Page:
Did you know that eight years into the American Airlines-US Airways merger, not all work groups were on a single system, and the merger wasn’t ‘complete’?
American was one airline to passengers long before it was a single airline to employees. They adopted a single reservation system in 2015, but flight attendants were still scheduled as separate US Airways and legacy American Airlines crew until 2018.
The airline’s systems for tracking aircraft maintenance were still separate – until last week.
Credit: American Airlines
As of Friday, May 7, American Airlines has completed moving its aircraft into the SCEPTRE system for tracking maintenance. No, not that SPECTRE.
American is using SCEPTRE, System Computerized for Economical Performance, Tracking, Recording and Evaluation. And they had to do the data migration by hand.
If my understanding is right, SCEPTRE was first the maintenance system used at North Central Airlines which became Republic in 1979 and was merged into Northwest. That’s how it became the maintenance system for Northwest, and then Delta after those two carriers merged. Newer carriers seem to use newer systems (like TRAX or EmpowerMX) but SCEPTRE remains popular especially with large airlines merging operations.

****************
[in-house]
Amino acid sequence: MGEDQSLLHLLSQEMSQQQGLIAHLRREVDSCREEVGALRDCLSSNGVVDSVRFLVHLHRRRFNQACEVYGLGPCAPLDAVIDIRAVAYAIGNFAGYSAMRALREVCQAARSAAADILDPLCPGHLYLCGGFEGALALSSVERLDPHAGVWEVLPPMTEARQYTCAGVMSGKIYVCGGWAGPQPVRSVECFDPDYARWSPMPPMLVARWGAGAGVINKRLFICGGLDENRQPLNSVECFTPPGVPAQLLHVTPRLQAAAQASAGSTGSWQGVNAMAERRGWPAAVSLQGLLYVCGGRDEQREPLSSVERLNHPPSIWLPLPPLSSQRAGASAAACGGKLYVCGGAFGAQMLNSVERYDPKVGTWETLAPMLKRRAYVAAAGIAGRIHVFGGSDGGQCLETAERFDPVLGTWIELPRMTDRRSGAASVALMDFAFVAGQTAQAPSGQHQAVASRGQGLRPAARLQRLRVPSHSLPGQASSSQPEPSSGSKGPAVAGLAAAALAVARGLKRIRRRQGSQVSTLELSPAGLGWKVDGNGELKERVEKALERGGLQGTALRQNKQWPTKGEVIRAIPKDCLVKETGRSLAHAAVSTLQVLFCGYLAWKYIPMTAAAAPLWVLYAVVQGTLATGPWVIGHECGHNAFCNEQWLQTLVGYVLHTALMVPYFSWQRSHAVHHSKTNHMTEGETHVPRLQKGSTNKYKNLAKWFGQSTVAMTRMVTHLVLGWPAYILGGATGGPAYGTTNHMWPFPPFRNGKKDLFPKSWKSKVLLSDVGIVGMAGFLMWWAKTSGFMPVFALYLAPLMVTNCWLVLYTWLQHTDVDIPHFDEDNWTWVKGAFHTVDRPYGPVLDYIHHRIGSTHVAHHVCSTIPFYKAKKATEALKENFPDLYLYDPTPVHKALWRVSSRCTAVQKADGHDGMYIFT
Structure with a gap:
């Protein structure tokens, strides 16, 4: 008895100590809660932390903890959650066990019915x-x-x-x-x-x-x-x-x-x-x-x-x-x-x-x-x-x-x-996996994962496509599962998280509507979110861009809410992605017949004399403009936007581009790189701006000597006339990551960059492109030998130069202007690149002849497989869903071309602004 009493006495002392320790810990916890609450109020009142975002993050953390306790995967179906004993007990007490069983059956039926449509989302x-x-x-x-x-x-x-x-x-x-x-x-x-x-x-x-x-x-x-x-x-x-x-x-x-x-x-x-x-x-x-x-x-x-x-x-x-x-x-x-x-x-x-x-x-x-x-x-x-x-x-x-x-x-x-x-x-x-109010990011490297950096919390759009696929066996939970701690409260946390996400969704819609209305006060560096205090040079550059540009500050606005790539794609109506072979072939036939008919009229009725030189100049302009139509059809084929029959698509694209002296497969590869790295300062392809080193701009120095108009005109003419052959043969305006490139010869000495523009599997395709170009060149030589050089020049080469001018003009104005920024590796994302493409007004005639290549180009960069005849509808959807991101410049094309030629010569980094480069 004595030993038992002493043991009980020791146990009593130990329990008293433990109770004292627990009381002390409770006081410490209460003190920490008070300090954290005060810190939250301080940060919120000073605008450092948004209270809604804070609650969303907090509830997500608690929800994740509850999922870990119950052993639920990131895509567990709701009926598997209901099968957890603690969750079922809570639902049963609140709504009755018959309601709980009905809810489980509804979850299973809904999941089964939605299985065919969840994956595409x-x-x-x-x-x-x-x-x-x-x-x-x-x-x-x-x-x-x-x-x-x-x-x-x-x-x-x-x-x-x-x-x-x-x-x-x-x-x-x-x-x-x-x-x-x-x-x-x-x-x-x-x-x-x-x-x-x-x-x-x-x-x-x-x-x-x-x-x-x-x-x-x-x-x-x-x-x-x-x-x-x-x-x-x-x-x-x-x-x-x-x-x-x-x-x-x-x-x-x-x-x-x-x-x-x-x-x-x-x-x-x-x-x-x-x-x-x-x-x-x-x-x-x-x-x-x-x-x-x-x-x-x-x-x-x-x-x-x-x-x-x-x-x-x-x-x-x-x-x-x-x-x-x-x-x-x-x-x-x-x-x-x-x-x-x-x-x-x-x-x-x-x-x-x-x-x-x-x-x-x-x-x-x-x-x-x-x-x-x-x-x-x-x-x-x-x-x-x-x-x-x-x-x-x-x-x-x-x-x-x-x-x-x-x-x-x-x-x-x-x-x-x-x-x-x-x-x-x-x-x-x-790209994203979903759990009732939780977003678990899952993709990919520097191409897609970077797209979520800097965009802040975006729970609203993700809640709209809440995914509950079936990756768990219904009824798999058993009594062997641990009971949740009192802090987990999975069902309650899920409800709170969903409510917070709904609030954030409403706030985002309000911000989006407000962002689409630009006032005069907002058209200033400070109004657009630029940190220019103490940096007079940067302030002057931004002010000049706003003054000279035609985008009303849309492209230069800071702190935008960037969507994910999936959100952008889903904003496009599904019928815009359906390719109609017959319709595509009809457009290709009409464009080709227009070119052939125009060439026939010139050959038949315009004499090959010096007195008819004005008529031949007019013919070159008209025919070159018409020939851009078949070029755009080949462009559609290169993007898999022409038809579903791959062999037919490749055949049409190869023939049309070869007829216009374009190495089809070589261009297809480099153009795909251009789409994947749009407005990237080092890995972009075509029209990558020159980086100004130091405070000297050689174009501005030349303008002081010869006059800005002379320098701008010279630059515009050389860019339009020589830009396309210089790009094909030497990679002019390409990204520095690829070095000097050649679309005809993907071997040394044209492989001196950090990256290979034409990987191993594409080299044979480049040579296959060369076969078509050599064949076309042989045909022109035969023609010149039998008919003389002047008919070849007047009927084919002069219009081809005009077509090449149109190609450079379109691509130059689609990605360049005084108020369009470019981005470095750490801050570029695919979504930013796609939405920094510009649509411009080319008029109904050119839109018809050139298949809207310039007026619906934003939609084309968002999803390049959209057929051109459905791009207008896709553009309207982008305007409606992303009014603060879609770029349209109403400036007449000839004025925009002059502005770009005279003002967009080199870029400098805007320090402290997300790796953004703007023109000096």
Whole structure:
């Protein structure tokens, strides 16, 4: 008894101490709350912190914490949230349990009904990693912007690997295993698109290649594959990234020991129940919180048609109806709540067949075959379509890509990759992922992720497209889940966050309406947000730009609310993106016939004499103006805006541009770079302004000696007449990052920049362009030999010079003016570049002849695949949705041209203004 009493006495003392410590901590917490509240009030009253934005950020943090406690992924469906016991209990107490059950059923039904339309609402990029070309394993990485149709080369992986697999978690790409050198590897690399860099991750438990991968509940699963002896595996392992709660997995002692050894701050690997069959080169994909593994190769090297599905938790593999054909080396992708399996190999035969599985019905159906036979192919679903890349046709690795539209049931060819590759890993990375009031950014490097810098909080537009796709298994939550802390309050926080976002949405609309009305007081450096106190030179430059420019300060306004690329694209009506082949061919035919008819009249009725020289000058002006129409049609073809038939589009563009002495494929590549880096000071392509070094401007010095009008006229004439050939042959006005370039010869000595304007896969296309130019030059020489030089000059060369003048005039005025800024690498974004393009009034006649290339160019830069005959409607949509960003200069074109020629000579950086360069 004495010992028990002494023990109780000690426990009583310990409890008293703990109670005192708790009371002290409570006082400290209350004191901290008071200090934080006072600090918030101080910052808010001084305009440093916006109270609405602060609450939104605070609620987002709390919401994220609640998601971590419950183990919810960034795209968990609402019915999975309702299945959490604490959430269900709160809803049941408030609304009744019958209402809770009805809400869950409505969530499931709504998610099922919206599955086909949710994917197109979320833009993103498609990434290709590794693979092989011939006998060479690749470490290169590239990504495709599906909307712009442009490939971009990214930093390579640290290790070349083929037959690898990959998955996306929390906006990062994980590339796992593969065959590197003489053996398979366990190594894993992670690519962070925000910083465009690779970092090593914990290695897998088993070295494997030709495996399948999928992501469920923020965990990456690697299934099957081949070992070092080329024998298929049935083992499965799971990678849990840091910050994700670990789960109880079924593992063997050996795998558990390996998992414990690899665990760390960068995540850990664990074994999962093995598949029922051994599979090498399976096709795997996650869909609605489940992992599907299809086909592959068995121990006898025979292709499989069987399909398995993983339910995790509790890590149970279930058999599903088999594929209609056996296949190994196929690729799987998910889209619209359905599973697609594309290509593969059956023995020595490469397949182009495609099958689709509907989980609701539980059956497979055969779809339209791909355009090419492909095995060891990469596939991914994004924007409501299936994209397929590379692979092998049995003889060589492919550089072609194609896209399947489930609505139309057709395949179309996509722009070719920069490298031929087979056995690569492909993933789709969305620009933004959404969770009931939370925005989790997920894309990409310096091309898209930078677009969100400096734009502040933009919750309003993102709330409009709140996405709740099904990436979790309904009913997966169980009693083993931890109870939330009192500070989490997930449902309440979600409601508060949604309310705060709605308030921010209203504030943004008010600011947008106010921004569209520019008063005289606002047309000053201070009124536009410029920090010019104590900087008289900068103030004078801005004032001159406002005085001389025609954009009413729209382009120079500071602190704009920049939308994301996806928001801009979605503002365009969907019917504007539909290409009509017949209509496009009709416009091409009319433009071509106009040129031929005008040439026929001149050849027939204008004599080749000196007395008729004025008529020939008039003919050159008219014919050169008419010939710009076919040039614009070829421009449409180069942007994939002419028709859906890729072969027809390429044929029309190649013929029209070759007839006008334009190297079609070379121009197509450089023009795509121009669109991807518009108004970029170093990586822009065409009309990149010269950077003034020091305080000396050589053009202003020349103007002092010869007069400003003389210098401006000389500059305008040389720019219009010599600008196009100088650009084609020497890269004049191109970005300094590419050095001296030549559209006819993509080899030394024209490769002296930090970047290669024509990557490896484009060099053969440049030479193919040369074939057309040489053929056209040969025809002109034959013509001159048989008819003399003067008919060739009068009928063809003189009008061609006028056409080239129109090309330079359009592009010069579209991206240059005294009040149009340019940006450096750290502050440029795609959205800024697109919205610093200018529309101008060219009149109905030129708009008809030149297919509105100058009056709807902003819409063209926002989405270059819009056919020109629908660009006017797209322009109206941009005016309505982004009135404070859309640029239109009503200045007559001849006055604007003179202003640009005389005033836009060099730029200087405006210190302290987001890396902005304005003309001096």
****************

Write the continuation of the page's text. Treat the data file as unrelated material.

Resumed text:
As American explains in an internal document,
After American and US Airways merged in 2013, Tech Ops had part, tooling and aircraft data in three different core systems. This involved having multiple application windows open on the screen — a timeconsuming process. To solve this problem, we needed to consolidate the number of systems being used and create an easy and consistent team member experience. This has been the TESS Team’s mission for the past six years.
First American undertook ‘Materials Migration’ to move parts and tools into SCEPTRE over the course of three years (there are “more than 600,000 manufacturer part numbers” the airline needs). This was completed in February 2020. The second phase, Fleet Migration, started in May 2020 and took a year.